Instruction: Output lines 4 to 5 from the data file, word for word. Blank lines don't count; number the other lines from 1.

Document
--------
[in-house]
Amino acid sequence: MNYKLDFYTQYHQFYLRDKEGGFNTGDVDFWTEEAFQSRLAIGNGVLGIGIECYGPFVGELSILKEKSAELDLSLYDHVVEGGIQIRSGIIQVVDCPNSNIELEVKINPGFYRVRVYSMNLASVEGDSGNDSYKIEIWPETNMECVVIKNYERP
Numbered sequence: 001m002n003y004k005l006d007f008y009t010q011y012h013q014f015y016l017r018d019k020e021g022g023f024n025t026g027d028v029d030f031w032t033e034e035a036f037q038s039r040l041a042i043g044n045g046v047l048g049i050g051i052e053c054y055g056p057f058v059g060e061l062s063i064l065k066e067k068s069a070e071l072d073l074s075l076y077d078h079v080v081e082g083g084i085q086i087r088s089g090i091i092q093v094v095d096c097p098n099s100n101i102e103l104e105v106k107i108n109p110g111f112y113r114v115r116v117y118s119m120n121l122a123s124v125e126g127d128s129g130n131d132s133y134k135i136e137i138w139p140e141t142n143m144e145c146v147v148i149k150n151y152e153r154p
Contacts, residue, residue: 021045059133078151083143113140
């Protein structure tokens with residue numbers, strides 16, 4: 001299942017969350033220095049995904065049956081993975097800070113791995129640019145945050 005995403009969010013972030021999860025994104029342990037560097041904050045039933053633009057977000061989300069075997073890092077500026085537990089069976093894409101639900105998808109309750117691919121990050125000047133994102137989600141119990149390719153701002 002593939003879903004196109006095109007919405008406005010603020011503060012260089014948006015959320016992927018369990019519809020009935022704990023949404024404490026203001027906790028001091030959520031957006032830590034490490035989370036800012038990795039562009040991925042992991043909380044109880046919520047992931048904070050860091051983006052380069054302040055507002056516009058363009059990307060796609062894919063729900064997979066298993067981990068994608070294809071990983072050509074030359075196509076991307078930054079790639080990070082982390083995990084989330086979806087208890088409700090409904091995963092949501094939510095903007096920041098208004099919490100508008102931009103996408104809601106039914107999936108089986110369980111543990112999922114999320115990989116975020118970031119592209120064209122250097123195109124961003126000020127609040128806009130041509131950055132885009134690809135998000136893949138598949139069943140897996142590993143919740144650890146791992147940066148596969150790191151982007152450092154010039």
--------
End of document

Contacts, residue, residue: 021045059133078151083143113140
């Protein structure tokens with residue numbers, strides 16, 4: 001299942017969350033220095049995904065049956081993975097800070113791995129640019145945050 005995403009969010013972030021999860025994104029342990037560097041904050045039933053633009057977000061989300069075997073890092077500026085537990089069976093894409101639900105998808109309750117691919121990050125000047133994102137989600141119990149390719153701002 002593939003879903004196109006095109007919405008406005010603020011503060012260089014948006015959320016992927018369990019519809020009935022704990023949404024404490026203001027906790028001091030959520031957006032830590034490490035989370036800012038990795039562009040991925042992991043909380044109880046919520047992931048904070050860091051983006052380069054302040055507002056516009058363009059990307060796609062894919063729900064997979066298993067981990068994608070294809071990983072050509074030359075196509076991307078930054079790639080990070082982390083995990084989330086979806087208890088409700090409904091995963092949501094939510095903007096920041098208004099919490100508008102931009103996408104809601106039914107999936108089986110369980111543990112999922114999320115990989116975020118970031119592209120064209122250097123195109124961003126000020127609040128806009130041509131950055132885009134690809135998000136893949138598949139069943140897996142590993143919740144650890146791992147940066148596969150790191151982007152450092154010039």